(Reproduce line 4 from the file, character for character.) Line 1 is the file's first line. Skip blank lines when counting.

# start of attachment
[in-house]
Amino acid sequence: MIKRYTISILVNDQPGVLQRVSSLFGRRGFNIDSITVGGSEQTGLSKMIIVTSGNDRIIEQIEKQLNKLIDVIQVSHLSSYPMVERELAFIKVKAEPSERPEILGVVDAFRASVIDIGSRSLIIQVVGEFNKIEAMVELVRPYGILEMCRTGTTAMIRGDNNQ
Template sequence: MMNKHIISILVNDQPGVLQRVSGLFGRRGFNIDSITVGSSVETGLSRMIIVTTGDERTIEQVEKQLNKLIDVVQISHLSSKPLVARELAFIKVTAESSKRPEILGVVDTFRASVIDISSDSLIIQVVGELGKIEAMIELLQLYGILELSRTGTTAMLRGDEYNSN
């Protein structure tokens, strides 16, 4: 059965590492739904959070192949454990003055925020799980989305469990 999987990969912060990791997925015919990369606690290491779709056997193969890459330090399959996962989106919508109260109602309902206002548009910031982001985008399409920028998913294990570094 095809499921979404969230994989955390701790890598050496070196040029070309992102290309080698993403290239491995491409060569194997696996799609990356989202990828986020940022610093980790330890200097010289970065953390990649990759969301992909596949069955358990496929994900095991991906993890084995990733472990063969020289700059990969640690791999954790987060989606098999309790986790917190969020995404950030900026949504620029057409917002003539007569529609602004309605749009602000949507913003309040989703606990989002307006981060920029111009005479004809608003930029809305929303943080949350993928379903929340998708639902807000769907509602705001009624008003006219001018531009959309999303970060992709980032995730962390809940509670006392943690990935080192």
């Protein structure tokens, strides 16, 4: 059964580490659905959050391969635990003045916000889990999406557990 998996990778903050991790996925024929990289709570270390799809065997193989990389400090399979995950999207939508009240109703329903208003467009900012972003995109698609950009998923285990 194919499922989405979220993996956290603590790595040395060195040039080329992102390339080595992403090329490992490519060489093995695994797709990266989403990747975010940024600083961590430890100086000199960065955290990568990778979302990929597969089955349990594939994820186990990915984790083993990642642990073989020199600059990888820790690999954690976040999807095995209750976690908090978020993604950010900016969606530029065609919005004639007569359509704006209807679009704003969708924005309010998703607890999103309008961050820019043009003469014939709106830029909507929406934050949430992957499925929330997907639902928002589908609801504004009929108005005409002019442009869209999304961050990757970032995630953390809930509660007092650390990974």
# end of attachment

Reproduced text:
């Protein structure tokens, strides 16, 4: 059965590492739904959070192949454990003055925020799980989305469990 999987990969912060990791997925015919990369606690290491779709056997193969890459330090399959996962989106919508109260109602309902206002548009910031982001985008399409920028998913294990570094 095809499921979404969230994989955390701790890598050496070196040029070309992102290309080698993403290239491995491409060569194997696996799609990356989202990828986020940022610093980790330890200097010289970065953390990649990759969301992909596949069955358990496929994900095991991906993890084995990733472990063969020289700059990969640690791999954790987060989606098999309790986790917190969020995404950030900026949504620029057409917002003539007569529609602004309605749009602000949507913003309040989703606990989002307006981060920029111009005479004809608003930029809305929303943080949350993928379903929340998708639902807000769907509602705001009624008003006219001018531009959309999303970060992709980032995730962390809940509670006392943690990935080192």